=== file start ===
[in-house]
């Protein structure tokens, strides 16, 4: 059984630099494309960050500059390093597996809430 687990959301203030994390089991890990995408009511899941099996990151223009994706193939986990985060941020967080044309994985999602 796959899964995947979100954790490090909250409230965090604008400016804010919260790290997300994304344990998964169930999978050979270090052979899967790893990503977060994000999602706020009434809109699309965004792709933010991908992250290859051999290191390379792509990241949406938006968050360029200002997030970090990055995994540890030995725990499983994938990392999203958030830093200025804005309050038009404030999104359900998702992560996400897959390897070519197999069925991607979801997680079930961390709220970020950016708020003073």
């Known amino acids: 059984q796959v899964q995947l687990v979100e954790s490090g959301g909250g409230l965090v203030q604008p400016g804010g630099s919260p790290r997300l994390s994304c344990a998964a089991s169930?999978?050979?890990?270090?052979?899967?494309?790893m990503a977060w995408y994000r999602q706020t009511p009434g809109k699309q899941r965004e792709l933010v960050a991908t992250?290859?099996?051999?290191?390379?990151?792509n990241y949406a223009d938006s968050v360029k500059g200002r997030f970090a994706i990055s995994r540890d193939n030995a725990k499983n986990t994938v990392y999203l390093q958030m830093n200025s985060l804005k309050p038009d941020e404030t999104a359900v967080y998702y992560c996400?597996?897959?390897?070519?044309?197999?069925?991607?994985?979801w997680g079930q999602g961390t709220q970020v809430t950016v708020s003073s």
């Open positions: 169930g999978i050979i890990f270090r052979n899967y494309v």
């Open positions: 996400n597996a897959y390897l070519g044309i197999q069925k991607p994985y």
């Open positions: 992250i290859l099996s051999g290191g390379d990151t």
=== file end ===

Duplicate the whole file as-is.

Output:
[in-house]
């Protein structure tokens, strides 16, 4: 059984630099494309960050500059390093597996809430 687990959301203030994390089991890990995408009511899941099996990151223009994706193939986990985060941020967080044309994985999602 796959899964995947979100954790490090909250409230965090604008400016804010919260790290997300994304344990998964169930999978050979270090052979899967790893990503977060994000999602706020009434809109699309965004792709933010991908992250290859051999290191390379792509990241949406938006968050360029200002997030970090990055995994540890030995725990499983994938990392999203958030830093200025804005309050038009404030999104359900998702992560996400897959390897070519197999069925991607979801997680079930961390709220970020950016708020003073």
């Known amino acids: 059984q796959v899964q995947l687990v979100e954790s490090g959301g909250g409230l965090v203030q604008p400016g804010g630099s919260p790290r997300l994390s994304c344990a998964a089991s169930?999978?050979?890990?270090?052979?899967?494309?790893m990503a977060w995408y994000r999602q706020t009511p009434g809109k699309q899941r965004e792709l933010v960050a991908t992250?290859?099996?051999?290191?390379?990151?792509n990241y949406a223009d938006s968050v360029k500059g200002r997030f970090a994706i990055s995994r540890d193939n030995a725990k499983n986990t994938v990392y999203l390093q958030m830093n200025s985060l804005k309050p038009d941020e404030t999104a359900v967080y998702y992560c996400?597996?897959?390897?070519?044309?197999?069925?991607?994985?979801w997680g079930q999602g961390t709220q970020v809430t950016v708020s003073s």
């Open positions: 169930g999978i050979i890990f270090r052979n899967y494309v």
């Open positions: 996400n597996a897959y390897l070519g044309i197999q069925k991607p994985y």
């Open positions: 992250i290859l099996s051999g290191g390379d990151t």